special. Order this special and cover what his first half amount was
(which I'll just pass back to "Ryan") and your total will
reflect 10% off of whatever it is you order. He's a good man, he's a
paisan, and if you're almost ready to do the deal and join the family (or
come back for another)... and you can close the deal on your end...
you'll be getting a great deal and you'll be helping another man's
applebag stay in his pants for at least the time being. Or at least one of
them. And this will make a vas deferens in his quality of life!
(Thank you, thank you very much). Don't leave a brother on his knees
sacrificing walnuts to Testiclese (the Greek God of Balls)... step in and
make a difference.
It's fun to have friends all over the world - being a guy
who has colored outside the lines a bit and has let life color me outside
of "my" lines, there are bits 'n pieces of goodness from all
over, places I've never been and probably will never see, that have have
woven their way into my life's tapestry in many different ways. Musically,
culturally, spiritually... and then we get to HP Sauce. Very difficult to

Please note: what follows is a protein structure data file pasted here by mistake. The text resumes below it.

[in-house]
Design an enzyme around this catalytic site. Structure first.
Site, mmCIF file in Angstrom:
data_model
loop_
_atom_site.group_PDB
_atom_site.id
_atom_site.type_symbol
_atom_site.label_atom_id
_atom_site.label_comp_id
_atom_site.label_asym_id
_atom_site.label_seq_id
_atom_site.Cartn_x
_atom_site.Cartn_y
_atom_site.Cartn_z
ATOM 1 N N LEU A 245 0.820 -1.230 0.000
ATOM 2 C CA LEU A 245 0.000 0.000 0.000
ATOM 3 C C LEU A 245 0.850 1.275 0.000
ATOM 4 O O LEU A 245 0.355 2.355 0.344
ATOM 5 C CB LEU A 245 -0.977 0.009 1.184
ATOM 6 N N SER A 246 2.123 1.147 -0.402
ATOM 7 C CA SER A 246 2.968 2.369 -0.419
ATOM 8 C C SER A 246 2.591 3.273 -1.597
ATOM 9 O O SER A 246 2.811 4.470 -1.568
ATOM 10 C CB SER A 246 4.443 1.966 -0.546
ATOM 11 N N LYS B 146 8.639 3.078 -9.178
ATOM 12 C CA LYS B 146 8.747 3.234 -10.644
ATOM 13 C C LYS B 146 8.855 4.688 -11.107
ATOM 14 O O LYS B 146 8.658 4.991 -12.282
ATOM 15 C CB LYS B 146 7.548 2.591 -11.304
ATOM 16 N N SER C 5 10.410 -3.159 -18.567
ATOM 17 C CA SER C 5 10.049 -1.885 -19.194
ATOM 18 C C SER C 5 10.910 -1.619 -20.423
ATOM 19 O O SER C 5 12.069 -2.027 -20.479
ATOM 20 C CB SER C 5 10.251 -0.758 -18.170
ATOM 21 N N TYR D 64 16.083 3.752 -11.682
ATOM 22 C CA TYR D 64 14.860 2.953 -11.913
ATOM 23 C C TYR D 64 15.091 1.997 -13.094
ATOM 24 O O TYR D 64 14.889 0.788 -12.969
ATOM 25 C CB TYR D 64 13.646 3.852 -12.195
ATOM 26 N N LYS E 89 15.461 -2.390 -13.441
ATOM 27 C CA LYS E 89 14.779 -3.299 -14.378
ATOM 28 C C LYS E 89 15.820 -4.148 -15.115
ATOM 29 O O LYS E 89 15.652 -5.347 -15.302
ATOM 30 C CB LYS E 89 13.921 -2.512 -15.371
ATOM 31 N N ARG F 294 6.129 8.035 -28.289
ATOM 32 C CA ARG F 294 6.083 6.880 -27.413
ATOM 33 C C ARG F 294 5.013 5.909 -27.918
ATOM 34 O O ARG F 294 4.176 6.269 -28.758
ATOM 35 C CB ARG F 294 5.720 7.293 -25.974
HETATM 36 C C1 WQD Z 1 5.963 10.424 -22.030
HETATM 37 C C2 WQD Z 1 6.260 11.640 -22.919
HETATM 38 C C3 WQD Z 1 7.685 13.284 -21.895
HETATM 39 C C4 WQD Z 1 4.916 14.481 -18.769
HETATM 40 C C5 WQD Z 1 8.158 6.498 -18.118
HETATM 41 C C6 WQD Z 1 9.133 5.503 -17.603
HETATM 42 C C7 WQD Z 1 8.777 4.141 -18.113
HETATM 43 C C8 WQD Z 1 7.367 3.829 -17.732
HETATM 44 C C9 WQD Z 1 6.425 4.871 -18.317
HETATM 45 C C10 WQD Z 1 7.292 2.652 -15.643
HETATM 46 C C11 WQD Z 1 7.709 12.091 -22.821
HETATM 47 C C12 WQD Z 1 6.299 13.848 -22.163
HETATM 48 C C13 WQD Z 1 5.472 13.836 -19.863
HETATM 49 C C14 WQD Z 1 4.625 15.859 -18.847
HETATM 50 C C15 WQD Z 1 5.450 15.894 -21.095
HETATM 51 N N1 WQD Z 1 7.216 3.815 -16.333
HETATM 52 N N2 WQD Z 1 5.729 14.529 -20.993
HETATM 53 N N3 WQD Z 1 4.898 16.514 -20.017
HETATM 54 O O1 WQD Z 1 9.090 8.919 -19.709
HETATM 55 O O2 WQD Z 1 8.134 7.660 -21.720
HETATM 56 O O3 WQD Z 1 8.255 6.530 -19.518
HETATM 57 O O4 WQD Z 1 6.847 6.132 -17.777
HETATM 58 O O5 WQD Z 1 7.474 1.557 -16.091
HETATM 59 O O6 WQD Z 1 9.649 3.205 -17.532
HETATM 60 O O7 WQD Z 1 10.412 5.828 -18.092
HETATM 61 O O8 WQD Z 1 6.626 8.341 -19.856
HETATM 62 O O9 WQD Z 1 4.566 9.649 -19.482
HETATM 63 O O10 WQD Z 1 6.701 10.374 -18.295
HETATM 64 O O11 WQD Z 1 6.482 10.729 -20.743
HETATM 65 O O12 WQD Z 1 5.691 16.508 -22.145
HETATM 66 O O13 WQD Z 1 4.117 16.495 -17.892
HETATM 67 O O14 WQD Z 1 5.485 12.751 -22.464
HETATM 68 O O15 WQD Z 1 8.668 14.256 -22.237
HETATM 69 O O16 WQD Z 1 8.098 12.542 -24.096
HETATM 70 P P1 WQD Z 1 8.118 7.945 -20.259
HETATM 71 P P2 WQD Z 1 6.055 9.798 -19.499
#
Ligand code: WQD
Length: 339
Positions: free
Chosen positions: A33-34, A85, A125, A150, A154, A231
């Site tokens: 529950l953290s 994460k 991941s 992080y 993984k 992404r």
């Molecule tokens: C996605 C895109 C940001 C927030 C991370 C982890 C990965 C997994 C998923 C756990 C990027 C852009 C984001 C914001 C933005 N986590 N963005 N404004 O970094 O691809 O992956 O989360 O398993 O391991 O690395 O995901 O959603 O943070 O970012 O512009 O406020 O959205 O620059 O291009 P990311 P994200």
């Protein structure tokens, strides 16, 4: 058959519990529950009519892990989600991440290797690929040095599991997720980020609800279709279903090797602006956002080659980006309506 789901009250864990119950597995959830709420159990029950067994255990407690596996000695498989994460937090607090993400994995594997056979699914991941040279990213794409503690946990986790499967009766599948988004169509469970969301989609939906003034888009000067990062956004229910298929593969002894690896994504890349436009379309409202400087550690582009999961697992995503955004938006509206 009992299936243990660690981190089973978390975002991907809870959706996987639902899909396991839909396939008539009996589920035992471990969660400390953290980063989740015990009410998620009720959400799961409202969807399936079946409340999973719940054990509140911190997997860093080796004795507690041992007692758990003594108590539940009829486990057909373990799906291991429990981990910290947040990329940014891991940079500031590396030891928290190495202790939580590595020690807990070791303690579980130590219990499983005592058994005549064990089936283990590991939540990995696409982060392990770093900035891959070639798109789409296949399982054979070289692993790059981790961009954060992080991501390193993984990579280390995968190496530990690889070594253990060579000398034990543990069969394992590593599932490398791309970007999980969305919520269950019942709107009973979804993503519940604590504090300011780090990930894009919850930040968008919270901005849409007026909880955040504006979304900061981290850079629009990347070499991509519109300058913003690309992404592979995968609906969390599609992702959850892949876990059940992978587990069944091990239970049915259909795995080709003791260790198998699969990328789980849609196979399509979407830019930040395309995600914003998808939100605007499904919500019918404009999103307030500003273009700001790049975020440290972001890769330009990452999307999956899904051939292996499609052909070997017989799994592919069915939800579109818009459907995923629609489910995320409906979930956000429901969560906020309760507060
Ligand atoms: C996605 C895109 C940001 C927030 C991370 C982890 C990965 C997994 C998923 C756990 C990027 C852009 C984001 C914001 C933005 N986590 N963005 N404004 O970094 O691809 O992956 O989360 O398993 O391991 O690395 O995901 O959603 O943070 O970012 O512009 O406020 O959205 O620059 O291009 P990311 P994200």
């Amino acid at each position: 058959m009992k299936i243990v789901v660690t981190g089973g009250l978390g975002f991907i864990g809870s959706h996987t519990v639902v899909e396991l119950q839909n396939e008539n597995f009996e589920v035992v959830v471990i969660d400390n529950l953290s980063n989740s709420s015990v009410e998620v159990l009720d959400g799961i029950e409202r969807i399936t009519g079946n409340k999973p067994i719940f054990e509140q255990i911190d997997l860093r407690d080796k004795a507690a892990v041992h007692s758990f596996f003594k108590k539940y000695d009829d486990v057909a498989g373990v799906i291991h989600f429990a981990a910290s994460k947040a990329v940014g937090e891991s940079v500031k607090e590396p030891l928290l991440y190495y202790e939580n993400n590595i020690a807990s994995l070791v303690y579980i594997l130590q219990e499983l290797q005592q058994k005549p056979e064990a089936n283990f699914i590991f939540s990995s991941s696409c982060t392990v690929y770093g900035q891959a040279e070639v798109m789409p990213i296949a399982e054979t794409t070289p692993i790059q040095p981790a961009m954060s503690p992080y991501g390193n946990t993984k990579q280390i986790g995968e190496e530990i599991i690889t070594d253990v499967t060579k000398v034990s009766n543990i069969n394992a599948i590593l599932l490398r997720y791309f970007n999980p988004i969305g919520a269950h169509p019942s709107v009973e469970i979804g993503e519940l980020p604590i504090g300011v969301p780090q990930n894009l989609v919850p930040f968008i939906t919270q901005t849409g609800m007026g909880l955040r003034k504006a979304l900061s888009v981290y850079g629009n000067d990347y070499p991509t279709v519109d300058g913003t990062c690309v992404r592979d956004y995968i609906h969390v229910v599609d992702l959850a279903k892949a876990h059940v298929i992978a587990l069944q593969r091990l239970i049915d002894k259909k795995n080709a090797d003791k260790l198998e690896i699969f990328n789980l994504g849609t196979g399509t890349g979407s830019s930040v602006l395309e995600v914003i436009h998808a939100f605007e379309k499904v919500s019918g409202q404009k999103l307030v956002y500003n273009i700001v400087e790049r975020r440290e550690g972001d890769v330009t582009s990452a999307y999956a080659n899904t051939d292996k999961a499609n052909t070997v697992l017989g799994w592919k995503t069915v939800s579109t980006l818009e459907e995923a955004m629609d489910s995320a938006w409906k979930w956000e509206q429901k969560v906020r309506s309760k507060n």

find here in central Texas, HP Sauce is a bottled brown condiment from
across the pond that happens to be delicious, amazingly versatile and as
rock 'n roll as it gets; Keith Richards toted cases of this stuff on tours
and, being the magical concoction it is, God knows what it substituted for
in momentary attempts to keep all the chemicals balanced. It's that good.
Heck, it might just be THE thing that has kept him going all these years.
So imagine my delight when, after conversing with a client from the UK and
mentioning it, a gray package turns up in the PO box with four bottles of
the stuff inside! Thomas, you are my hero. I can't thank you enough... so
I'll just build you a great bass! This stuff on pizza... I see this
happening again very soon.